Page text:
After I posted some pictures of the homeless in Los Angeles yesterday, a reader pointed me closer to home: the latest Grand Jury report about homelessness here in Orange County. It was published a few weeks ago, and like previous reports it points out that:
- OC’s homeless population is relatively small: fewer than 3,000 people, which makes it eminently manageable.
- Studies routinely find that it’s cheaper to provide decent housing and health care for the homeless than to leave them on the street:
- The best solution is Permanent Supportive Housing, which works better than most people realize. This typically takes the form of small clusters of apartments managed by caseworkers.
So what’s the problem? The usual:
Of all the issues identified as roadblocks to siting PSH within Orange County cities, one of the most challenging is resident opposition to placing any type of housing for the homeless within their neighborhoods….Cities report their residents appear resistant to any type of housing that accommodates the homeless near them. This resistance is primarily due to public safety fears, though concerns of negative impact on housing values were also voiced.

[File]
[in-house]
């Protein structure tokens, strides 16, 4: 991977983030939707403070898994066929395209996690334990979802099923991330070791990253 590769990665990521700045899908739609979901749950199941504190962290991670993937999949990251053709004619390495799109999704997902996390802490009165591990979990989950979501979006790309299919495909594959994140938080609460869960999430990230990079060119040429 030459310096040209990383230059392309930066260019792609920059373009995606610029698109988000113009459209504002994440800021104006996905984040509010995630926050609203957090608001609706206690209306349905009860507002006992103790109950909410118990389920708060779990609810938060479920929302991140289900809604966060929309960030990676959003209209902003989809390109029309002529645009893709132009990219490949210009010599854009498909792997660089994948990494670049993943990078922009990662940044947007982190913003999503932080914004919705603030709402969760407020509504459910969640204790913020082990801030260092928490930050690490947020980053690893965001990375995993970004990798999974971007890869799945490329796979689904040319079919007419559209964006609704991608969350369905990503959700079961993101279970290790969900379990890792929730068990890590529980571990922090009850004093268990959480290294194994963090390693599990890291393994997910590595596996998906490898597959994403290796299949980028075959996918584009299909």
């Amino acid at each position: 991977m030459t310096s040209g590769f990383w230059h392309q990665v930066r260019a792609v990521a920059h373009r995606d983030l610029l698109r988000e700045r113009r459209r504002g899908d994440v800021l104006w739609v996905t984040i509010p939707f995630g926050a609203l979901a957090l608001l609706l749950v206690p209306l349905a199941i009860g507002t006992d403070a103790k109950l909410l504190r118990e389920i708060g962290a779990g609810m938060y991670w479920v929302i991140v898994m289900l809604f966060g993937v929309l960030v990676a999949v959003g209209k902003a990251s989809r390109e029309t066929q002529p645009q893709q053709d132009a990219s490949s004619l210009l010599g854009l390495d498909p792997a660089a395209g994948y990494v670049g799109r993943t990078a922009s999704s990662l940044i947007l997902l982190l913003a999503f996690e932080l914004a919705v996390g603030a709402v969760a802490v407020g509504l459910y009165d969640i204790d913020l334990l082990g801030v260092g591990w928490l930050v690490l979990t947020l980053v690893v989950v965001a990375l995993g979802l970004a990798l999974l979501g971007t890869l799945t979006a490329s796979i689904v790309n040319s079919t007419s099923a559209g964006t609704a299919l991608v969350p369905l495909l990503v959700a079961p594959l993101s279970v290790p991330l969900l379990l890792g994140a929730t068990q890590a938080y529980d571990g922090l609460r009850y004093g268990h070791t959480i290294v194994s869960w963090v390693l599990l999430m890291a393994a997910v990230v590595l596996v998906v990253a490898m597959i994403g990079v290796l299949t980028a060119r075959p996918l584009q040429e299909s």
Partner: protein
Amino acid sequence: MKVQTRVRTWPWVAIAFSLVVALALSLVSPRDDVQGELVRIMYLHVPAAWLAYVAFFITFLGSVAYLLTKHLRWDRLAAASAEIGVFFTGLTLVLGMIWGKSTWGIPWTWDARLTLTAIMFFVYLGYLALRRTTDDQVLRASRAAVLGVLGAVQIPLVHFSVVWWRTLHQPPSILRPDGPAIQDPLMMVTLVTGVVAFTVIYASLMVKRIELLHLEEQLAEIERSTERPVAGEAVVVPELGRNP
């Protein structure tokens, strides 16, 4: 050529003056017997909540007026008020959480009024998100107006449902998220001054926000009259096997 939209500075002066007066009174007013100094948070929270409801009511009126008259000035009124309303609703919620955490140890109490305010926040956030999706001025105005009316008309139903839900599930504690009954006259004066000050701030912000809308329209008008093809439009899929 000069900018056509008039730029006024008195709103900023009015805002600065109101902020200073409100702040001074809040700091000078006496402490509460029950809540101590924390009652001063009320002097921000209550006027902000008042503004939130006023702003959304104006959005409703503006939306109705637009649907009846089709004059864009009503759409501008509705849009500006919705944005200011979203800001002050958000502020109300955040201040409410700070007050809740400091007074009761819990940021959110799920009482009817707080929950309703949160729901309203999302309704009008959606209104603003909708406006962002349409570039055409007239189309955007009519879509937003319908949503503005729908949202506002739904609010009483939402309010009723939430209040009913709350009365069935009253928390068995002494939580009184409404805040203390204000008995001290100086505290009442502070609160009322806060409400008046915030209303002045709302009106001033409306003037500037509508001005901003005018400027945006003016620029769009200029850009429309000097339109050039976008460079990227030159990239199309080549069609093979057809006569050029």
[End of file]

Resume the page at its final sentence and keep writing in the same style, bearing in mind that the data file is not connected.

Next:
While the Grand Jury could find no specific studies detailing crime statistics in areas within OC with PSH, information gathered from other areas of the country suggests that there is little evidence of an appreciable increase in crime. This may be due to the stabilizing effect afforded by living in a house, as well as the presence of housing support staff who can check on residents or call to report suspicious activity. Studies indicated that housing values in the areas of PSH had remained stable, or had even risen.
NIMBYism certainly isn’t unique to Orange County. In November 2013, the Central Florida Regional Commission on Homelessness published the results of a nationwide survey on best practices in addressing homelessness, and a major best-practice theme was dealing with resident resistance to siting housing for the homeless. One of the most frequently mentioned recommendations specified that no program succeeded without educating the community about homelessness and gaining its investment in the solution.
This is Job 1. One way or another, you have to get community buy-in or else you’ll never succeed. This requires education about the homeless, of course, but it also requires compromise. That’s a tough nut for some people, who are frustrated that a bunch of privileged middle-class folks are being wilfully ignorant and obstructive, but it’s reality. This is a situation where letting the good be the enemy of the perfect is a recipe for endless failure.